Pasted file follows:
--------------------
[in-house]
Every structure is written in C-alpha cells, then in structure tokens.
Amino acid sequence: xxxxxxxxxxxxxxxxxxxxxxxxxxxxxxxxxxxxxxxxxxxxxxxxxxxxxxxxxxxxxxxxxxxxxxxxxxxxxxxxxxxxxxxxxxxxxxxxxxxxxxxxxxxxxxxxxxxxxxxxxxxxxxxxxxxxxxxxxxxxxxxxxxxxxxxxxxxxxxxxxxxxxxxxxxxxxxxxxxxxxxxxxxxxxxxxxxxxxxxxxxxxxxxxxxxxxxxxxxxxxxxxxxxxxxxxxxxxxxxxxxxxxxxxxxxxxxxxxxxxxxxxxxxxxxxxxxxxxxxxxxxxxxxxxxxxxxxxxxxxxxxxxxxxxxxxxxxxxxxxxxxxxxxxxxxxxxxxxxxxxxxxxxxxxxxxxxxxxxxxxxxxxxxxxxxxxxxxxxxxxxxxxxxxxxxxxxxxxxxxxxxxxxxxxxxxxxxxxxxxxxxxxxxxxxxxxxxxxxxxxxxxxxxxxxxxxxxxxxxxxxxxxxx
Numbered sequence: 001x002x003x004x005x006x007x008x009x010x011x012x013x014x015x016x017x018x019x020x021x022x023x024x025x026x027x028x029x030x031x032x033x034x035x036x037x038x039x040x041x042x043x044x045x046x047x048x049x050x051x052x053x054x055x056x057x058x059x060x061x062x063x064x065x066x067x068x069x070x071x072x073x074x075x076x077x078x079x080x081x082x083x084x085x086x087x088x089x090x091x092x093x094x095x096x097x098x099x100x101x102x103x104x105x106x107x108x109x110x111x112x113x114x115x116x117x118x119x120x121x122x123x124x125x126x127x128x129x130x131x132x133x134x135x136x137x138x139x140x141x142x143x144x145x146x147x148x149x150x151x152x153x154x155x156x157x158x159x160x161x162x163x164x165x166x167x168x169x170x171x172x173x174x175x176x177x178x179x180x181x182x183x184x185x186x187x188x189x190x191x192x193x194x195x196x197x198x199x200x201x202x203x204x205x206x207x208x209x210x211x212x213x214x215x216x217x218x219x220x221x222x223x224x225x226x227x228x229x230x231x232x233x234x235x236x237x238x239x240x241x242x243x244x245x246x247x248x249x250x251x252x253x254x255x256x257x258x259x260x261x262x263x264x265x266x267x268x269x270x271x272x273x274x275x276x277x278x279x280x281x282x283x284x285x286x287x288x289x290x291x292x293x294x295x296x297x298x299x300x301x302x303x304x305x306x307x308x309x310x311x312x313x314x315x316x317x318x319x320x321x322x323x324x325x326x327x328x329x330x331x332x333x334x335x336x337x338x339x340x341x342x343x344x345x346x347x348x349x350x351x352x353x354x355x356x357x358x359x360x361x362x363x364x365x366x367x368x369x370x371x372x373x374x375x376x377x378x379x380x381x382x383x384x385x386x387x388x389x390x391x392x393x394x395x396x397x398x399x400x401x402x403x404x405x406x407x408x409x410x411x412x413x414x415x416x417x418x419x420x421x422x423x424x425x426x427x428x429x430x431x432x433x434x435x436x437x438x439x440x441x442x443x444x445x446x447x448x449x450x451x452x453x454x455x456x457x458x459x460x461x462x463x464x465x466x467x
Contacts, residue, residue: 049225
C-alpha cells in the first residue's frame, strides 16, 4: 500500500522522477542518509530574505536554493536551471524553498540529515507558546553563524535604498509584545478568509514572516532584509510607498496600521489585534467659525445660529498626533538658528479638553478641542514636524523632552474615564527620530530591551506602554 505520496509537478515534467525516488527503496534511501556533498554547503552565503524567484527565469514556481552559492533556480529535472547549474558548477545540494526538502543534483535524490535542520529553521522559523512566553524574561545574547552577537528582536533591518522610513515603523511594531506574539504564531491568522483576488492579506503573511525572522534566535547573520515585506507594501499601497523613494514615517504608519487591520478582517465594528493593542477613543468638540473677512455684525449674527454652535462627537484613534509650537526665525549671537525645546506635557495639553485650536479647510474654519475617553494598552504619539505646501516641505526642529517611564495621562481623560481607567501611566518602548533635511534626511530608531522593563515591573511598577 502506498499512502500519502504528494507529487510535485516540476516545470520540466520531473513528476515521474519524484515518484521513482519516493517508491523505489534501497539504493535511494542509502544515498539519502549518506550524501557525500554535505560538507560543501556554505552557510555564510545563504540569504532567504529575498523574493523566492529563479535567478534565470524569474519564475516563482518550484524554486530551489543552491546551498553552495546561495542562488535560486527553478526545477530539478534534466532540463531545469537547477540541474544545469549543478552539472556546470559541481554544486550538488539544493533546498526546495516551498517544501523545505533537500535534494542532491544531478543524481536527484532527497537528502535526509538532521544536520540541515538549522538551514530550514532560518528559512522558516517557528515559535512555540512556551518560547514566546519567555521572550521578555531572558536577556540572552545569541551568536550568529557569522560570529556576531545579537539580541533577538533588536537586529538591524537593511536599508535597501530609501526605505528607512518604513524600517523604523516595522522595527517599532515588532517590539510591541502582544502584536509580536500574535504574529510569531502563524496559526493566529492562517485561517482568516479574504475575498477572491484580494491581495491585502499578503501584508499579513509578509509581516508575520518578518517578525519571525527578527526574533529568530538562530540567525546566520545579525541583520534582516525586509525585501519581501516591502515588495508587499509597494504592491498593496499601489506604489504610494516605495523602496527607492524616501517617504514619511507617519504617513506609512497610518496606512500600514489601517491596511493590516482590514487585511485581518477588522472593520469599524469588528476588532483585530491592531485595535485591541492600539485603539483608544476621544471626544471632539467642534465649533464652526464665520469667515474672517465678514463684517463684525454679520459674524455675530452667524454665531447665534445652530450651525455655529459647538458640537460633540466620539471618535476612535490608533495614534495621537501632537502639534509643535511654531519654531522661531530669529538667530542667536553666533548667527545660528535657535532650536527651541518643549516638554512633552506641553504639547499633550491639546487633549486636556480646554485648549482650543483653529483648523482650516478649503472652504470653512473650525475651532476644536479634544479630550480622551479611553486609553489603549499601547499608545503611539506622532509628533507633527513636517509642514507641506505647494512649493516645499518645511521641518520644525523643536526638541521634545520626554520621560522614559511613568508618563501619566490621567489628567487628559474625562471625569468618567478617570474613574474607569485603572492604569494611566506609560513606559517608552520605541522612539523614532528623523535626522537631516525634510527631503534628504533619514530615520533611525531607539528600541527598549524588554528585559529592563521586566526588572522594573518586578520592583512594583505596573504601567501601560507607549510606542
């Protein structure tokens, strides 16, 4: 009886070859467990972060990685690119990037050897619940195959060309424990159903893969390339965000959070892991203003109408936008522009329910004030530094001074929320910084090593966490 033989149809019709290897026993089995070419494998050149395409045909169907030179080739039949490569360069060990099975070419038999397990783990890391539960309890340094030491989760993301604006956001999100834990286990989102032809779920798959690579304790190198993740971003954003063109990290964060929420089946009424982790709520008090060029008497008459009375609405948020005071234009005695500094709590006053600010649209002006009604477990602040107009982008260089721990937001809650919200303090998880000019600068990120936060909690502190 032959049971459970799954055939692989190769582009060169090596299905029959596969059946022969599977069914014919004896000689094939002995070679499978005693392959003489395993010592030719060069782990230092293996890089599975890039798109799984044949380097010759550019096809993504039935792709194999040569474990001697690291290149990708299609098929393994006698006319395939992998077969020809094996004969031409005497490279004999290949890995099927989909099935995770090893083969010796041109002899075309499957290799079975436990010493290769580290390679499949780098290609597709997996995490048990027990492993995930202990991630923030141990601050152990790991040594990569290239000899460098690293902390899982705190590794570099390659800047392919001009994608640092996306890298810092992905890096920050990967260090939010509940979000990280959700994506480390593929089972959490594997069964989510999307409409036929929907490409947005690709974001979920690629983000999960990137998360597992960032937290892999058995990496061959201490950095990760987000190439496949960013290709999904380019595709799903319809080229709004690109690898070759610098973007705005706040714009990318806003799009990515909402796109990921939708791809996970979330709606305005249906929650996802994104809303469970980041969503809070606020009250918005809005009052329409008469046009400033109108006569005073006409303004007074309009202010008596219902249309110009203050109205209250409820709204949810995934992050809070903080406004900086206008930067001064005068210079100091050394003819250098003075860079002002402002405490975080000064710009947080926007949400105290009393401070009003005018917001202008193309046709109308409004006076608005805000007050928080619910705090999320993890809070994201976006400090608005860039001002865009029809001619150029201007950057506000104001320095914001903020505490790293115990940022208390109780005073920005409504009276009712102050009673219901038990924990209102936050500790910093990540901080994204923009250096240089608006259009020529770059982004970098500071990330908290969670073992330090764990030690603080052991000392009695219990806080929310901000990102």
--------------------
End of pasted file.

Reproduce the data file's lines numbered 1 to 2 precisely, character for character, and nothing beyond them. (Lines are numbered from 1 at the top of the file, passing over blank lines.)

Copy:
[in-house]
Every structure is written in C-alpha cells, then in structure tokens.